Favourite song of your own? There’s a song on my upcoming EP that is my absolute favourite. I don’t want to give anything away, but it’s a slower song than I usually write, and I’m so proud of it. So yeah… you’ll have to wait for the EP! You fancy something sweet at a restaurant. Which restaurant are you in and what are you ordering? I’m obsessed with Urth Caffe in LA. They do the best cookies, so I right now that’s what I’d pick. What’s the best love song ever written? ‘At Last’ by Etta James.
Elle Watson might not be a name you’re familiar with just yet, but she’s looking like a big name to watch out for in 2018. Signed at only 15, she released her first EP, Phantom, last year before dropping the understatedly grand ‘Glued’ last month, produced by Clams Casino with a gorgeous video to match. The visuals, directed by Haris Nuke, see Elle lying amongst a sea of moving almost nude bodies, of various ages and ethnicities, different but at once all the same.
It’s the kind of story you’d see in a film – you join a band with your best mates and down the line, your feelings begin to develop and through the late nights, tours and miles spent travelling shows you realise you’re in love with of them. But you hold in the feelings, squash them down, the swell of your emotions instead finding themselves laced in the lyrics you’re penning and the songs you’re playing until one day your secret love turns to you and says that he’s in love with you too.
.@hussainshouse needs to issue a warning before people attend his shows‼️ I was a bawling wreck by half time. Glad I stuck it out, his show was genuinely moving, one of my favourite gigs of 2017 ♥️ 🙏 https://t.co/KsPKlnOYVE
Muck Rack makes it simple to find people, tweets, or articles that mention any name, keyword, company, hashtag etc. We've compiled this guide to help you make the most of your search.
Selecting a term
Start searching tweets, articles from media outlets, articles mentioned in tweets, journalists'
names, titles and bios with some suggested searches:
Companies or Topics (e.g. iPhone, Microsoft)
Phrases (e.g. "cloud computing") — use quotes to keep the terms together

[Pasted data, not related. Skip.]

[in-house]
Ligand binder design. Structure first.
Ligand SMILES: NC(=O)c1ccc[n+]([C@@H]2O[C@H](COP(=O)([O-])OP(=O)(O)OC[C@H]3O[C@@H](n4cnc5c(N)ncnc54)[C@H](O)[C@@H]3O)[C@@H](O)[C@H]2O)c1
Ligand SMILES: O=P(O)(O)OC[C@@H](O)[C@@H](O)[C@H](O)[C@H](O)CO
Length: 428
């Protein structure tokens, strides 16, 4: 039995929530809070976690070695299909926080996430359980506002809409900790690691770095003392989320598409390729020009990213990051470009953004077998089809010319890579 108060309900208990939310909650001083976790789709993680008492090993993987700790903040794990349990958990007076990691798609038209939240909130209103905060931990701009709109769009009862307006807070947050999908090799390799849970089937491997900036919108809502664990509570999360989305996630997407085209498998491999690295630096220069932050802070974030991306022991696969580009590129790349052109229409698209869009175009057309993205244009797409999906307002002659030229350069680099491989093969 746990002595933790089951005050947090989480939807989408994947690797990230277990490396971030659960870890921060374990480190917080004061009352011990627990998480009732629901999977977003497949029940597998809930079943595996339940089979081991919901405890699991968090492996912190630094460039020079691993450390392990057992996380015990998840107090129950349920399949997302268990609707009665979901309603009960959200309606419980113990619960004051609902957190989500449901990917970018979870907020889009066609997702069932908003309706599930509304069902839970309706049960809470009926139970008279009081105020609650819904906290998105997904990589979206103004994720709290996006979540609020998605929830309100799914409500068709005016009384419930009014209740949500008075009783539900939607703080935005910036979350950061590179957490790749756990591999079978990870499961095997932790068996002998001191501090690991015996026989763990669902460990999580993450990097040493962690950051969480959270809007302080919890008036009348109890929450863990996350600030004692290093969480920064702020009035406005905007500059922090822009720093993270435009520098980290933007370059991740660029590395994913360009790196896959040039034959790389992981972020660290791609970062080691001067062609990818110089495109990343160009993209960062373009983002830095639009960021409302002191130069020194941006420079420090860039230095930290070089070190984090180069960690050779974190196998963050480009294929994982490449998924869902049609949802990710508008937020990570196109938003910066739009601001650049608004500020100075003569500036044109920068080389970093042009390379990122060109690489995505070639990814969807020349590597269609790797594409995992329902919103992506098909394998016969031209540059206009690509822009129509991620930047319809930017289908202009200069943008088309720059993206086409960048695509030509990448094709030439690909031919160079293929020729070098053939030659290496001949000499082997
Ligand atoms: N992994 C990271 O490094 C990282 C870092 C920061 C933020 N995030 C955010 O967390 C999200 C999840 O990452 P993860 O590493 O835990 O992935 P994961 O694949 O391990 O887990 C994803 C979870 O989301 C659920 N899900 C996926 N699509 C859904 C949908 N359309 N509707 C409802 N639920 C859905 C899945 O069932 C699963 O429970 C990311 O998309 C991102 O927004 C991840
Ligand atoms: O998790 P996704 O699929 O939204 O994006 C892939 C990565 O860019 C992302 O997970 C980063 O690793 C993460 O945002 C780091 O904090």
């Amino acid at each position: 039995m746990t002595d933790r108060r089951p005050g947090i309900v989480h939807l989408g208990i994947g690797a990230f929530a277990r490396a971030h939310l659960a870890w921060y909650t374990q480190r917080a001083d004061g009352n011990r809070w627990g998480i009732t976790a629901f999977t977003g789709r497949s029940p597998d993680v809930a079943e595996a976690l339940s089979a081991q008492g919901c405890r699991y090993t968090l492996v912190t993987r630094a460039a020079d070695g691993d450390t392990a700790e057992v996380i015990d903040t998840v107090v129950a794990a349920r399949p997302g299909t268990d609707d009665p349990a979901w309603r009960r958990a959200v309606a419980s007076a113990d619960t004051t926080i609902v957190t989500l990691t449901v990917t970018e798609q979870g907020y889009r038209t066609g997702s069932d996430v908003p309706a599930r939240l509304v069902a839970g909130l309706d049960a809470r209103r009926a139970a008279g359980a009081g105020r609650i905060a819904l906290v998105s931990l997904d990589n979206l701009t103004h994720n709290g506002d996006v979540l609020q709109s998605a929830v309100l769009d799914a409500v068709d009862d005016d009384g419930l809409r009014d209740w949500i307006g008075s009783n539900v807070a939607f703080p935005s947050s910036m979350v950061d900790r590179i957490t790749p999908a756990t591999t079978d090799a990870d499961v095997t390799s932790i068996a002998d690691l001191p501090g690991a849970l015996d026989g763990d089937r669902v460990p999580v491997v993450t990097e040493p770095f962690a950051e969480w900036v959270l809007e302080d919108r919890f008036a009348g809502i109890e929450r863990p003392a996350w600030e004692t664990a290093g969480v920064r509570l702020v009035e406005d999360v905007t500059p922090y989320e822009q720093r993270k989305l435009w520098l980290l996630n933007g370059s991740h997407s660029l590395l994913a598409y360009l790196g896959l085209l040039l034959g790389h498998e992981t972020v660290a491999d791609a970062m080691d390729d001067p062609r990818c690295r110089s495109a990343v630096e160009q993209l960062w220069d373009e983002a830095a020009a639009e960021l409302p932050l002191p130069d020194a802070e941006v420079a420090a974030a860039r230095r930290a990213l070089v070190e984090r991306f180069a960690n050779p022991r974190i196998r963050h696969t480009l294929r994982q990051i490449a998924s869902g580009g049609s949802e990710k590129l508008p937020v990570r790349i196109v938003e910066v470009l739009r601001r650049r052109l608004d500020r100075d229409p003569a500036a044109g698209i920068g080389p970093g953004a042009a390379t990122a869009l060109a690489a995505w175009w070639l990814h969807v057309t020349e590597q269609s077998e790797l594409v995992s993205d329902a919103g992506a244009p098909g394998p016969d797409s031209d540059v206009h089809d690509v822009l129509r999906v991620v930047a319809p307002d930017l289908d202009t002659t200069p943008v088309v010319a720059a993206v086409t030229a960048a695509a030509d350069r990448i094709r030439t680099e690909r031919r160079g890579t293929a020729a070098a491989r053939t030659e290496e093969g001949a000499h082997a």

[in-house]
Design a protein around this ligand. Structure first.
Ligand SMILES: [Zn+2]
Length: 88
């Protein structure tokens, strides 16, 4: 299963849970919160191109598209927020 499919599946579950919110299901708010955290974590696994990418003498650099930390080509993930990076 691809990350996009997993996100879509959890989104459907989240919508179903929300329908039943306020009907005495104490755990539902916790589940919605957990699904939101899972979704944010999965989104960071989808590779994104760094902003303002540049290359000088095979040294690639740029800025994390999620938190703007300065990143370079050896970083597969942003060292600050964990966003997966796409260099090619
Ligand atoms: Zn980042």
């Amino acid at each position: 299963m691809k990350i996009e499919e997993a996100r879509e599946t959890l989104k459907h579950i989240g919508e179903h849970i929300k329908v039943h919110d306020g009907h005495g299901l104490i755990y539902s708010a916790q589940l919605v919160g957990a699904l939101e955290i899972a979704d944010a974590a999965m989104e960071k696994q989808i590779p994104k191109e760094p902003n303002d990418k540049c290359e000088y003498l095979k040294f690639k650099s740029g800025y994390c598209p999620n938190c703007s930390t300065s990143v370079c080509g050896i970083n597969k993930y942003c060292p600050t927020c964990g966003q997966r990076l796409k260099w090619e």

Twitter handles (e.g. @username) — returns those who have mentioned or replied to
Names (e.g. "David Pogue")
Hashtags (e.g. #sxsw, #london2012)
Bio details (e.g. vegan, Olympics, father)
Muck Rack's Advanced Search allows for many boolean operators.
Find results that mention multiple specified terms, use AND or
+. For example, ensure each result contains both Elon Musk and Mark Zuckerberg by
searching Musk AND Zuckerberg or Musk + Zuckerberg.
Use the operators OR or , to broaden your search when you'd like either of
multiple terms to appear in results. (This is the default behavior of our search when no operators
are used). For example, results will contain either cake or cookie by searching cake OR cookie or cake,cookie
Use NOT or - to subtract results from your search. For
example, searching Disney will yield results about the Walt Disney Company as well as Walt Disney
World Resort. To exclude mentions of Disney World, search for Disney -World or Disney
When using one of these operators with a phrase, enclose it in quotation marks. For example, you can
find results about smartphones excluding Apple's iPhone 4S by searching smartphone -"iPhone
Exact case matching or punctuation
If you're searching for a brand name or keyword that relies on specific punctuation marks or capitalization, you can
find results that match your exact query by adding matchcase: before the keyword you're searching for, like matchcase:E*TRADE .
Use parentheses to separate multiple
boolean phrases. For example, to find journalists talking about having fun in Disney World or
Disneyland, search for ("disney world" OR disneyland) AND fun.
An asterisk can be used to search for any variation of a root word truncated by the asterisk. For example, searching for admin* will return results for administrator, administration, administer, administered, etc.
A near operator is an AND operator where you can control the distance between the words. You can vary the distance the near operation uses by adding a forward slash and number (between 0-99) such as strawberries NEAR/10 "whipped cream", which means the strawberries must exist within 10 words of "whipped cream".